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Texting What a Good Deal

Text messaging is big business worldwide and is expected to grow. Last year an estimated 2.5 trillion text messages were sent and that is expected to rise to 3.3 trillion messages in 2009.

The average cost has risen over the past couple years and we expect that. Here is what we most of us don’t know. The cost for the wireless companies is very reasonable. Let me restate that it is very very very reasonable for them. Their cost approach nothing here’s why.

First the packet of text, usually limited to 160 characters, is tiny. When you send a text it goes wirelessly  from your phone to a cell tower and then by wire copper or fiber to the tower of your friend, breathlessly waiting for your message. The once again wirelessly to his/her phone.

On the wired part of the journey it is so small it tucks into the data and voice stream and causes no load. On the wireless part of the journey however you would think there would be some overhead incurred. Not so the cell tower is constantly broadcasting to your phone this is the control channel and the text message rides for free. The channel is being used all the time whether a text message is sent or not.

Eight or nine years ago I was reading about the at the time fledgling cell phone network then being set up in Manila.  And there was this new phenomenon text messaging. The cell providers were eager to promote texting as an alternative to calling because it lacked bandwith to acomidate phone calls.

So why do we pay for this service Randal Stross writing last week in the New York Times explored the anti trust issues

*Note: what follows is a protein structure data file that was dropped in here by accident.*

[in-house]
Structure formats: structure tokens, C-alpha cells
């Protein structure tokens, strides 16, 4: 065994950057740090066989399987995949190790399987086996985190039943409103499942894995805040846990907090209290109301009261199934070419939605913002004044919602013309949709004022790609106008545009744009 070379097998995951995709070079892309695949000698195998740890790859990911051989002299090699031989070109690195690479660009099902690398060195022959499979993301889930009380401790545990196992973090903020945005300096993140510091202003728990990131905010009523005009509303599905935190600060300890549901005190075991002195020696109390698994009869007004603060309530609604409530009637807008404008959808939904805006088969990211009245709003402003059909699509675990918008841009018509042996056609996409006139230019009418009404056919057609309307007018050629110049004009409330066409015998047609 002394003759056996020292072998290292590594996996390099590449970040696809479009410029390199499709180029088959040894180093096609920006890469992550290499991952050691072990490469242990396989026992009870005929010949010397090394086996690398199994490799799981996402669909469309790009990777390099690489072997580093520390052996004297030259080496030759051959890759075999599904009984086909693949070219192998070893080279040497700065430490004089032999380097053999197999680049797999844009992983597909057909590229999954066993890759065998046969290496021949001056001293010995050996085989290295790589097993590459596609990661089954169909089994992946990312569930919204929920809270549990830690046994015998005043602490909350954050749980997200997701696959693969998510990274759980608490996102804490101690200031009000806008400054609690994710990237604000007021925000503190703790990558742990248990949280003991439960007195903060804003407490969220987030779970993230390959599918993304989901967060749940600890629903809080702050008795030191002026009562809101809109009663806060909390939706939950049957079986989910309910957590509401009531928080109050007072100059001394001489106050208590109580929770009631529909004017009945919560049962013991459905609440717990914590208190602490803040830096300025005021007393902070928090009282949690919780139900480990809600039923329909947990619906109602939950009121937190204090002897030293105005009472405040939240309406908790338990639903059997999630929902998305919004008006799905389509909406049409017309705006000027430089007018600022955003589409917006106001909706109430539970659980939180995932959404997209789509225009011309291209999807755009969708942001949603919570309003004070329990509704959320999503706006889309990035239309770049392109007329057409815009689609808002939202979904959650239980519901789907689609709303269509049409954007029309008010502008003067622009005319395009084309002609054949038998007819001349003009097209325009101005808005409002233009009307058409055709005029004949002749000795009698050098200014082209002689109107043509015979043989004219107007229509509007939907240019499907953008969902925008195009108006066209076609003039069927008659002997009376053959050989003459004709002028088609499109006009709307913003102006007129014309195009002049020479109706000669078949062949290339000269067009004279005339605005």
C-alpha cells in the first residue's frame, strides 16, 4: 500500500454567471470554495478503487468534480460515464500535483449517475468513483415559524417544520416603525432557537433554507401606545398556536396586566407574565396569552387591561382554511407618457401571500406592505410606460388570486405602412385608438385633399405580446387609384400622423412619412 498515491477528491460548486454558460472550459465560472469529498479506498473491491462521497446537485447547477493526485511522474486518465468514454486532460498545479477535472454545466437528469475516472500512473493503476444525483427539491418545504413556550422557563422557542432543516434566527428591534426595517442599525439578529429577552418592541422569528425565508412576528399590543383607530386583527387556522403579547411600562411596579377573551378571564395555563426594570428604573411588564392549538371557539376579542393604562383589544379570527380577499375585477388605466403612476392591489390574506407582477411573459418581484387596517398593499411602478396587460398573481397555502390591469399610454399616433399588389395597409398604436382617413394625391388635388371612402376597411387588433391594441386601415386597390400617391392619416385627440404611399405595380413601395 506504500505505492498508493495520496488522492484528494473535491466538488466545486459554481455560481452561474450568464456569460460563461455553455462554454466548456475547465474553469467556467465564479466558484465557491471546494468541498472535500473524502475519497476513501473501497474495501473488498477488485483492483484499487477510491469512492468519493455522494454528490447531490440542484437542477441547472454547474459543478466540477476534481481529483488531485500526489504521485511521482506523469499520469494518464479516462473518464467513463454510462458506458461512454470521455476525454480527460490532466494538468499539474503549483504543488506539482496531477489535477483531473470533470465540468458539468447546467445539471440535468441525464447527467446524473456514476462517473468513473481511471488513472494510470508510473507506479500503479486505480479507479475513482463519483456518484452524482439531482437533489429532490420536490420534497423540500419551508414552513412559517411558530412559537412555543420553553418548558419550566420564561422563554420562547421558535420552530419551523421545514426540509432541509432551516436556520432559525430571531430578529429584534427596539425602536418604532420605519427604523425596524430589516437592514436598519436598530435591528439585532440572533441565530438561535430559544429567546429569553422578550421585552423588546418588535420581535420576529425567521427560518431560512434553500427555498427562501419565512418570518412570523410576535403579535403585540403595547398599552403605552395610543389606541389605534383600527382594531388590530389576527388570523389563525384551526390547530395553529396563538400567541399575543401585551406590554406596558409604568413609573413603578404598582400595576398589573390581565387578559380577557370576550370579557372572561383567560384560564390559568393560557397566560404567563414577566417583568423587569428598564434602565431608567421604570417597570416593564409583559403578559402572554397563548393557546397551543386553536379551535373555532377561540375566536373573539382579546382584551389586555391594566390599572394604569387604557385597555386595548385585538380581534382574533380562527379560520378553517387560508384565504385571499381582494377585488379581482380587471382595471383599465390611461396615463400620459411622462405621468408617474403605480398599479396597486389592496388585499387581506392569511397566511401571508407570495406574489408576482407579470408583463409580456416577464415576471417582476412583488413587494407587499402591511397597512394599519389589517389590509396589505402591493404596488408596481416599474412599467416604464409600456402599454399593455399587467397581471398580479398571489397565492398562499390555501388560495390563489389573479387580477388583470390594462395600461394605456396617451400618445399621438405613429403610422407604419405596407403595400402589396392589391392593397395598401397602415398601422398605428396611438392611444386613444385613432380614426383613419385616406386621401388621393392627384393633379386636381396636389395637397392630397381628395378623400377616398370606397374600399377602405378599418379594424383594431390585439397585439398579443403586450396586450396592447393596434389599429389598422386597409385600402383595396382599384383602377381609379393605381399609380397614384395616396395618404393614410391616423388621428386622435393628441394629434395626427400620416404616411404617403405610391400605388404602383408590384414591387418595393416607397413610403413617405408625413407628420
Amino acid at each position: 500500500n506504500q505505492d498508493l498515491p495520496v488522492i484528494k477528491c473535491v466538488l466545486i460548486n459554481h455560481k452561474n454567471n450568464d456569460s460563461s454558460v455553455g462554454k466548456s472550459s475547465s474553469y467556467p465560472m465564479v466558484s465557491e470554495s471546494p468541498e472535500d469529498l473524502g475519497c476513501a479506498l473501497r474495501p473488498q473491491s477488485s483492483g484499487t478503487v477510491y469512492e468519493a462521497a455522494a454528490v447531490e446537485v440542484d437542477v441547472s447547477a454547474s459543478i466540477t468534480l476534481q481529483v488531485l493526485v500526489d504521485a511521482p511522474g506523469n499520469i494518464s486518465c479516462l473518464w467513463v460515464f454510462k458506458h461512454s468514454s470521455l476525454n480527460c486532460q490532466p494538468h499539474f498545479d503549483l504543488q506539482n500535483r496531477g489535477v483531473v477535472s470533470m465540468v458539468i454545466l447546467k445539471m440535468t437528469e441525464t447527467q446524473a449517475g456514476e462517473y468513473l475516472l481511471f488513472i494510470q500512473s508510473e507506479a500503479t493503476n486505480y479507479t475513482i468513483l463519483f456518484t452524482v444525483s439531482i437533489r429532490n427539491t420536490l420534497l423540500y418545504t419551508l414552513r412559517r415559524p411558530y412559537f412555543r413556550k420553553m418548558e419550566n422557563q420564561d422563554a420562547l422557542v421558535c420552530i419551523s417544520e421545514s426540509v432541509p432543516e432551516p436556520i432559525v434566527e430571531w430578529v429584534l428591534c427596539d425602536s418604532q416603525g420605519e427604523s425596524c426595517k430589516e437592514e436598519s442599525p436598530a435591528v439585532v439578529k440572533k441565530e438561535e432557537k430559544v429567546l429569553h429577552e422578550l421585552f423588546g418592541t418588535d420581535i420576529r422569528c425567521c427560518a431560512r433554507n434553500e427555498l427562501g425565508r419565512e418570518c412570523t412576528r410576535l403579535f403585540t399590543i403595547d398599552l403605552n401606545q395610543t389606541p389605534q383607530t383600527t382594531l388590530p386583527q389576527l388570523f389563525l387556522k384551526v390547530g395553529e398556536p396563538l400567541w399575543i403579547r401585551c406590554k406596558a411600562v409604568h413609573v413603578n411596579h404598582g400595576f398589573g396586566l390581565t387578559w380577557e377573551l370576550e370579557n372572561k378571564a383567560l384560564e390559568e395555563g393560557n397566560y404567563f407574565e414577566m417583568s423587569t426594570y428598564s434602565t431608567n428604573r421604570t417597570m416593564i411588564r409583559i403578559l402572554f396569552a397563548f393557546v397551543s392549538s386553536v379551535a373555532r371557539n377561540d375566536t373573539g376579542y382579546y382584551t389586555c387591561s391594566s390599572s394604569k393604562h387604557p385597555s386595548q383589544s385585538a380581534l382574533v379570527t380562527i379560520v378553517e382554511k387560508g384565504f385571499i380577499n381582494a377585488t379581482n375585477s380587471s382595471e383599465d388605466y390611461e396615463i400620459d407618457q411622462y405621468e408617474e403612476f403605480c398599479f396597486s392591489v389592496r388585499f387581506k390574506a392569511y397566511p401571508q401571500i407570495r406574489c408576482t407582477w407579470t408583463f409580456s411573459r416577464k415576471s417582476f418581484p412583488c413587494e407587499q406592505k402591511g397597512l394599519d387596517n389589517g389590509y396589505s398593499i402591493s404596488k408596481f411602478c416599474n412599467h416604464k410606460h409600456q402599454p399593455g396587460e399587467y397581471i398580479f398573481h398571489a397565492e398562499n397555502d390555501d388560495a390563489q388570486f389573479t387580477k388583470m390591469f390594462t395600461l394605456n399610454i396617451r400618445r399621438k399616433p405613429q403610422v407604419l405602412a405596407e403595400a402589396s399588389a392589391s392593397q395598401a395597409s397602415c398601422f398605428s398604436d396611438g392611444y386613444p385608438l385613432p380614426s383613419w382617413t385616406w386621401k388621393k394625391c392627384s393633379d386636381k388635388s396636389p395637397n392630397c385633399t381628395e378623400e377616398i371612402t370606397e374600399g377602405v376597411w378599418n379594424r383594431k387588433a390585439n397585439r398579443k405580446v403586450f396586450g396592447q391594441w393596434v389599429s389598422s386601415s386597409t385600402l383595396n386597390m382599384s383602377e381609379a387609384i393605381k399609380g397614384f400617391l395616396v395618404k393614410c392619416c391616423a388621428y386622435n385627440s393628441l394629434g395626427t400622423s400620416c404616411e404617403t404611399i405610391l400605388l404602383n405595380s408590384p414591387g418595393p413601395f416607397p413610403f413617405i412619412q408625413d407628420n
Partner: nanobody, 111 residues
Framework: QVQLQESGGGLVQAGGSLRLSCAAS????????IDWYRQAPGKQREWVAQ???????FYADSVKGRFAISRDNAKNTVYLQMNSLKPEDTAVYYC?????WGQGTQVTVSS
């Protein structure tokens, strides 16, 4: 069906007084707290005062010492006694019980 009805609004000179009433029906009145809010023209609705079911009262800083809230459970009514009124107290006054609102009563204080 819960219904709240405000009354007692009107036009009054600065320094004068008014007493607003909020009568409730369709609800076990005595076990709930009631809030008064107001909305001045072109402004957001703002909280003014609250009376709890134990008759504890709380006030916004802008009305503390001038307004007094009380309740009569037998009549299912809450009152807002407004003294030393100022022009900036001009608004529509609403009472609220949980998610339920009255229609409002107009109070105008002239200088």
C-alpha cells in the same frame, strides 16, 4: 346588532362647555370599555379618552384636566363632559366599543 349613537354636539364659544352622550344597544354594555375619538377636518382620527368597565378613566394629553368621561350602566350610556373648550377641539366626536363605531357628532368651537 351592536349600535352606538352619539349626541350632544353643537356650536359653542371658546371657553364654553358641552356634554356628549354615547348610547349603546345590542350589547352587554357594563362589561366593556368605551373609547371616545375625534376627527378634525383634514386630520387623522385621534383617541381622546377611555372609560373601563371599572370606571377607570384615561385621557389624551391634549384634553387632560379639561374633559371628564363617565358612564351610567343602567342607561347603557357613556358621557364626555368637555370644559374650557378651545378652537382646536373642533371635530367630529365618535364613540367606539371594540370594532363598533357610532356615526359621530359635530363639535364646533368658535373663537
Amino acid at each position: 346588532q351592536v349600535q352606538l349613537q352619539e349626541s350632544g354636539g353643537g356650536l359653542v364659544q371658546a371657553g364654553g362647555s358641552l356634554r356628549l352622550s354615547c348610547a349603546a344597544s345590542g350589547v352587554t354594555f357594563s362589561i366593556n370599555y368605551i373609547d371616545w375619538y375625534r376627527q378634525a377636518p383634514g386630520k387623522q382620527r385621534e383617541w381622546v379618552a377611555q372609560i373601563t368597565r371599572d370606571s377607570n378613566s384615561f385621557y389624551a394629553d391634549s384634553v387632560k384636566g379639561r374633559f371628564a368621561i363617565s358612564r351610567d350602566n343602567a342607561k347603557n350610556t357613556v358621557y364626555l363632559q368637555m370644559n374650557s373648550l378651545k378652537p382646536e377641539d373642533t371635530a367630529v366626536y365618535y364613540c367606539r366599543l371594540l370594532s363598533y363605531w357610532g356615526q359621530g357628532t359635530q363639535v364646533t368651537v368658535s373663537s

Senator Herb Kohl, Democrat of Wisconsin and the chairman of the Senate antitrust subcommittee, wanted to look behind the curtain. He was curious about the doubling of prices fortext messages charged by the major American carriers from 2005 to 2008, during a time when the industry consolidated from six major companies to four.

So, in September, Mr. Kohl sent a letter to Verizon Wireless,AT&T, Sprint and T-Mobile, inviting them to answer some basic questions about their text messaging costs and pricing.

All four of the major carriers decided during the last three years to increase the pay-per-use price for messages to 20 cents from 10 cents.

So what is the best deal well it depends on your point of view. For the phone companies the best plan is the one that extracts the most money from it’s customers.

Professor Keshav said that once a carrier invests in the centralized storage equipment — storing a terabyte now costs only $100 and is dropping — and the staff to maintain it, its costs are basically covered. “Operating costs are relatively insensitive to volume,” he said. “It doesn’t cost the carrier much more to transmit a hundred million messages than a million.”

Yes what a good deal especially if you are the service provider


January 4, 2009 Posted by | wireless phone | , , | Leave a comment